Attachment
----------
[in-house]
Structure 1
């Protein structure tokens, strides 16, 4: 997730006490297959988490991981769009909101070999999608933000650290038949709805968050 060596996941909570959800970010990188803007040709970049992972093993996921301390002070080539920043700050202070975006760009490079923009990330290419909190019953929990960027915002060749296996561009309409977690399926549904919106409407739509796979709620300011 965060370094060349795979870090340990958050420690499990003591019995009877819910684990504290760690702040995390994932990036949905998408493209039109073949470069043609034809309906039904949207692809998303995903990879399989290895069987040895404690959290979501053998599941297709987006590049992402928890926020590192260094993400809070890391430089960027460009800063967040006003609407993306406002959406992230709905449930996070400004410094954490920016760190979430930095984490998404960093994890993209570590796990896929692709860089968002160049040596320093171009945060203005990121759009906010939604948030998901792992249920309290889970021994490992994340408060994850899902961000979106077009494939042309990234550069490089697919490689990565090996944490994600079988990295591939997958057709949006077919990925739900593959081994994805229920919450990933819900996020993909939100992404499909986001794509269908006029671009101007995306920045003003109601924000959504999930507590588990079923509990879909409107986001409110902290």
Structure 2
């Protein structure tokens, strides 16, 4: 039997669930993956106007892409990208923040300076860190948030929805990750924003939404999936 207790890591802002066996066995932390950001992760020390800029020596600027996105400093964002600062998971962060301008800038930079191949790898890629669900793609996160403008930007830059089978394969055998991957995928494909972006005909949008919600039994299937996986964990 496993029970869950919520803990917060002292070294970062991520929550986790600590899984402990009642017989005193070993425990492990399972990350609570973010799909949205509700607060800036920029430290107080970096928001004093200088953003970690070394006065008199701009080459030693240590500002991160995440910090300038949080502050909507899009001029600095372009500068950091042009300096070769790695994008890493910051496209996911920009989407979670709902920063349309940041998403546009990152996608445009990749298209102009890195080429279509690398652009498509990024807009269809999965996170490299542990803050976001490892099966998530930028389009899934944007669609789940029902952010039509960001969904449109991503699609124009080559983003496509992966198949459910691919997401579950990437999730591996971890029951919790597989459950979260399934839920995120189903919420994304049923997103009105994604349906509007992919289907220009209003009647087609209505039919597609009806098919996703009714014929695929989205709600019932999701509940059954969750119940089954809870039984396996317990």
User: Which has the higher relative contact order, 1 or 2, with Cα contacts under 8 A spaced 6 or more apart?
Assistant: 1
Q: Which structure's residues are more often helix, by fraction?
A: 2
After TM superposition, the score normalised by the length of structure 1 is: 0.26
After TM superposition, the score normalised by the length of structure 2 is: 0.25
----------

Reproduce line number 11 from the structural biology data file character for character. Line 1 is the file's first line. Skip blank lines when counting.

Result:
After TM superposition, the score normalised by the length of structure 2 is: 0.25